And I'm Renee Montagne. In Israel last night a surprisingly close election. Voters appear to have reelected Prime Minister Netanyahu for another term. That was expected. But Netanyahu's right wing alliance suffered serious losses. Centrist and left wing parties defied opinion polls and won half the seats in parliament. As NPR's Larry Abramson reports from Jerusalem, the prime minister will now have to turn these fractured results into a government.

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NPR Story
4:10 am
Wed January 23, 2013

Nebraska Approves Keystone XL Pipeline's Tweaked Route

Originally published on Wed January 23, 2013 7:13 am

Transcript

RENEE MONTAGNE, HOST:

NPR's business news starts with pipeline plans.

(SOUNDBITE OF MUSIC)

MONTAGNE: Nebraska's governor has approved a new plan for where the controversial Keystone XL pipeline will pass through his state. In 2011, the governor opposed the pipeline for its potential environmental impact. Yesterday, he wrote a letter to President Obama saying the new route avoids the more environmentally fragile parts of Nebraska.

It now falls to the Obama administration to approve the project. Transcript provided by NPR, Copyright NPR.

NPR Story
4:10 am
Wed January 23, 2013

Gen. John Allen Cleared In Email Probe

Originally published on Wed January 23, 2013 7:13 am

Transcript

STEVE INSKEEP, HOST:

OK, the Pentagon says the U.S. commander in Afghanistan is cleared. Gen. John Allen was caught in a scandal last fall. You may recall, he'd been corresponding by email with a Florida socialite; and the question for the Pentagon was whether Gen. Allen's emails were inappropriate. NPR Pentagon correspondent Tom Bowman followed the story back then. He's with us now. Tom, good morning.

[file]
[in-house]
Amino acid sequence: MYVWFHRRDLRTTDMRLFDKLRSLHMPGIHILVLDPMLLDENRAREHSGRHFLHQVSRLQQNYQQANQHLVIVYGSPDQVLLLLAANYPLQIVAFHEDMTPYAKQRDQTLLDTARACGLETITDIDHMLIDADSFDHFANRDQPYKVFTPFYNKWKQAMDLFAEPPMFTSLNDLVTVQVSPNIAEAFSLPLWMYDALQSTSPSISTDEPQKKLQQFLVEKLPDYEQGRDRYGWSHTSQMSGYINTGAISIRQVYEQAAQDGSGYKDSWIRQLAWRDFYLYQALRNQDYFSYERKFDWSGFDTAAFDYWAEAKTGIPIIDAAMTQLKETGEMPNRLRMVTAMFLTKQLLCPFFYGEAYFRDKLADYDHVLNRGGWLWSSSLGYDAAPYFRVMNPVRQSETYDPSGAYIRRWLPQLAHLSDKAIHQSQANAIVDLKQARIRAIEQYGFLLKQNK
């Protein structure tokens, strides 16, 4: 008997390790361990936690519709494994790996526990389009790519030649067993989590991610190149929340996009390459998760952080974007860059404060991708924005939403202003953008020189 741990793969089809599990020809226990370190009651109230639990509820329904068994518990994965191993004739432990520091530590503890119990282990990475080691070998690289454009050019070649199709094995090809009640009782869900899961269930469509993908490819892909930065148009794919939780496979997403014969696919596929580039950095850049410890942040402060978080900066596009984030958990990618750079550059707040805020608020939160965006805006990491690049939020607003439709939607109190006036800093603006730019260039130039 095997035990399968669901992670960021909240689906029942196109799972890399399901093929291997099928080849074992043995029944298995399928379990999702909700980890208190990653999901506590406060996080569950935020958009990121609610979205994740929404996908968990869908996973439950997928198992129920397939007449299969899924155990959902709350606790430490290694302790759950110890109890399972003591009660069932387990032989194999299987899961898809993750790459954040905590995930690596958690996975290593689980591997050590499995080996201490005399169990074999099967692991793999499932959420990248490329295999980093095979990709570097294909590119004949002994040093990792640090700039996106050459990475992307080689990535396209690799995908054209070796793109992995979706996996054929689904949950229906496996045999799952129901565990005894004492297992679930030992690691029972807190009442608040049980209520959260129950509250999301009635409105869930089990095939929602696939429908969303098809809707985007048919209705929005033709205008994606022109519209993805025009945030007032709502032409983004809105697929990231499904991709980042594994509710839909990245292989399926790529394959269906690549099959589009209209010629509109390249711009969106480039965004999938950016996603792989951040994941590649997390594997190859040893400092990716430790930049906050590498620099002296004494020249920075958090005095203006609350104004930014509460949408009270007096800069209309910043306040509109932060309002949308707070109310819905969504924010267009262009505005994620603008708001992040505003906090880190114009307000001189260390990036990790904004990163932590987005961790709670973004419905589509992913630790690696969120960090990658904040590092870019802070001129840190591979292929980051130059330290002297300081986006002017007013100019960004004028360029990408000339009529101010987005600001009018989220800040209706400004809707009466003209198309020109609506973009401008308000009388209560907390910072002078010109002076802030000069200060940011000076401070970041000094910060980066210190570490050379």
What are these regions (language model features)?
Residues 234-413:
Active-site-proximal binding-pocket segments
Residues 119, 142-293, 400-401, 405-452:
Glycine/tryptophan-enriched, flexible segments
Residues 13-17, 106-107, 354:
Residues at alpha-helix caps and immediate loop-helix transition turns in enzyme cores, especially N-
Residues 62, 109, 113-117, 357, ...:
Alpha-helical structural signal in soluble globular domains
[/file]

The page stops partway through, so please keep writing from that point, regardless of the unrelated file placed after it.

TOM BOWMAN, BYLINE: Good morning, Steve.

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Shots - Health News
2:39 am
Wed January 23, 2013

Rules Would Retire Most Research Chimps

Two chimps groom each other at the Save the Chimps facility in Florida. The National Institutes of Health owns about 360 chimpanzees that aren't yet retired and that are living at research facilities; new guidelines say most of its chimps should be retired.
Save the Chimps

Originally published on Wed January 23, 2013 2:56 pm

The National Institutes of Health should retire most of its chimps that are currently living in research facilities, according to a working group put together by the NIH to look at the future need for biomedical research on chimps.